Ancient Photo from My First Job

Last night I was prepping my Aperture library for the upcoming move to Yosemite. I ran across this photo from my first Job.

PET/SPECT in Amsterdam

I was in Amsterdam at Vrije Universiteit, helping install this PET/SPECT camera. I wrote the gantry control software and the UI pictured on that screen.

Cass Scenic Railroad


Last weekend I took my family to Cass Railroad to ride some steam engines.

Cass is a small town in the mountains of West Virginia. Formerly a company logging town, Cass offers a chance for a relaxing weekend getaway. And free from the burdens of broadband and cellular reception, you can be sure that your enjoyment of the trains will never be interrupted by blips and boops from your smartphone.

If you have a young child that loves trains, I highly recommend it.

Riding the #11

Click through for the full album.

A New Chapter

A few weeks ago I announced that I have departed Bomgar to work on my own projects and to spend more time with my family.

It was my privilege to work with the great team at Bomgar for almost 7 years. The job was challenging and rewarding, and I’m very proud of what we accomplished. Leaving is very bittersweet.

However, I’m excited about the future. I have a new product in the works that will launch on iPhone, iPad, and OS X, and I’m already writing a work estimate for what could be my first contract as a freelancer.

Most importantly, I believe that providing my children with a full-time parent will yield benefits in every corner of our lives for years to come. I expect to look back on this period of our lives and say with certitude that it was all worth it.

Building a Web Backend from Scratch

I built the backend for my last project on Heroku using Sinatra. It was great; I got to learn about Ruby and a new web framework and it was a very stable and fast API.

I’ve been thinking about what to use for my next project when I saw Marco’s Web Hosting for App Developers and the ensuing discussions among developers on Twitter. After giving it some thought I came to the conclusion that I could probably learn alot by self-hosting the backend myself. Maybe I can even build something as stable and reliable as what I built on Heroku?

Rebuild, Rebuild, Rebuild

I made the decision up-front to script the entire process of building the server. This way, in the event of a network outage at Linode or in the unlikely event that my app comes under heavy load, I can add new servers in a matter of minutes.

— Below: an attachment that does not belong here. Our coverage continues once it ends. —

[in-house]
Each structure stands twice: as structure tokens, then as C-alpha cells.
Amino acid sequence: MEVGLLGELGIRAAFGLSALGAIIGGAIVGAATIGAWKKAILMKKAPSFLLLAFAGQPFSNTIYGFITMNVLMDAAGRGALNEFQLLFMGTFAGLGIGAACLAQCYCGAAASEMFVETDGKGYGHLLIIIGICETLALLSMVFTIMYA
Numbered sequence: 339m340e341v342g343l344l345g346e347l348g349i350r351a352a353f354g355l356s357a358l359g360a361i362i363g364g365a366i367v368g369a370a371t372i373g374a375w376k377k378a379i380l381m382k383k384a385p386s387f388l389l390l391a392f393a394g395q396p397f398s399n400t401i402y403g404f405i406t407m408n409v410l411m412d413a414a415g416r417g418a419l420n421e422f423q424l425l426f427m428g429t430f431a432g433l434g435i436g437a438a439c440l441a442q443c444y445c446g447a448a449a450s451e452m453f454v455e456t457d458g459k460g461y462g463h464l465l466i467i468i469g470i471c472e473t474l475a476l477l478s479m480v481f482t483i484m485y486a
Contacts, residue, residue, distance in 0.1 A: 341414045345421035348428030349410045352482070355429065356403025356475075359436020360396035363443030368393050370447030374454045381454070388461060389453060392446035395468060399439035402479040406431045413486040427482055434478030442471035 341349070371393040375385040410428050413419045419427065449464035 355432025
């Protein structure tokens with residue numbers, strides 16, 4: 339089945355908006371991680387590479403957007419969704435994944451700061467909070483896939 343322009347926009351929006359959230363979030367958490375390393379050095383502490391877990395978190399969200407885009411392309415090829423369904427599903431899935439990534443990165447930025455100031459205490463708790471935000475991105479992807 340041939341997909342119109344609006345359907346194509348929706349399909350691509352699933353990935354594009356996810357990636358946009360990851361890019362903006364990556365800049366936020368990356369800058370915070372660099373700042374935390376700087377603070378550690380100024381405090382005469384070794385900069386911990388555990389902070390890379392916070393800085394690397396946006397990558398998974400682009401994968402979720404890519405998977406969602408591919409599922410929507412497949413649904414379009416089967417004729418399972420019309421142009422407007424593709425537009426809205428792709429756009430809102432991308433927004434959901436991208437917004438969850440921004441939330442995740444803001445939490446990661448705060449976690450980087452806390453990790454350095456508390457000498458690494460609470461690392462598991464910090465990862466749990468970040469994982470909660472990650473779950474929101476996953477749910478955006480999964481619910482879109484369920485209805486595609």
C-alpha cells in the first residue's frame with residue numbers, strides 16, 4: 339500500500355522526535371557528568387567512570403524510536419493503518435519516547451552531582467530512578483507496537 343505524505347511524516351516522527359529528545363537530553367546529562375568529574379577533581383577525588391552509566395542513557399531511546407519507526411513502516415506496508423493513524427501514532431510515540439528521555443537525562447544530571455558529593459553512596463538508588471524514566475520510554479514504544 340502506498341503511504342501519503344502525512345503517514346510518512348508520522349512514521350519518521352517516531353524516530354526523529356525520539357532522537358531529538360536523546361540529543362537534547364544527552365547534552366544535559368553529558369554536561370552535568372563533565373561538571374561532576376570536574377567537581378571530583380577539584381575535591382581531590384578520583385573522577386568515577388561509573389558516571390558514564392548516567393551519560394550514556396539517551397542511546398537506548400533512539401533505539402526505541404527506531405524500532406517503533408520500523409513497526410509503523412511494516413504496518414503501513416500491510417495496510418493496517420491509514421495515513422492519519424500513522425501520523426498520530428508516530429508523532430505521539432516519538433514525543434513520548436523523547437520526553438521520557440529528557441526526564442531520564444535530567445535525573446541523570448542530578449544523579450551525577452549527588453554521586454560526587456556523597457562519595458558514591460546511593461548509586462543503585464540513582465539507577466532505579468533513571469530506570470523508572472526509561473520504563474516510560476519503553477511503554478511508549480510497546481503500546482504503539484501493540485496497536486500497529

My current scripts do the following:

  • Setup SSH keys and disable SSH password authentication
  • Setup firewall, leaving only ports for my application open.
  • Install git, postgres, golang, and other software used by my application.
  • Configure postgres and golang
  • Checkout the application code from my repository
  • Configure it so that it automatically starts when the system reboots.

Did I miss anything?

Another thing that I do to make sure that my scripts are always in working order is to rebuild the server every time I make a substantial change to the script. Also, I completely rebuild the server every evening I sit down to work on it. This leaves me feeling pretty confident that I can quickly recover from a serious outage.

Now, you might have noticed that I mentioned golang above. I’d originally planned to use Flask, but as I already have some experience with Python, I chose Golang so that I can learn something new. The dowside of this will be that Go isn’t as widely used, and I will be navigating uncharted water without the usual wealth of online sample code and SO Q&A. Still, my early impressions of Martini + Golang are very positive. I’m hopeful that I can get everything working withough too much headache.


I need to setup automatic database backups. I’ll probably use a cron job that automatically sends raw backups to Amazon S3. Also, I’d like to support HTTPS for all API calls. Since I’m just building a web API for my own app, I can just be my own Certificate Authority and issue my own SSL certificates and keys. Any problem with that?

Have any comments or suggestions? Let me know.

Charting Dividend Reinvestment: AAPL

I recently wanted to see a graph of a particular stock assuming dividend reinvestment. This seems like it would be a common thing to do, but neither Google nor Yahoo’s finance sites appear to have the capability. After a bit of searching, I found a way to do it.


So here, I’ve plotted $AAPL over the past two years with and without dividend reinvestment. Note that $AAPL first paid a divident in Augustof 2012, so it’s logical that the graph begins to diverge shortly after that. Currently the difference in return is about 4.3% over the two years.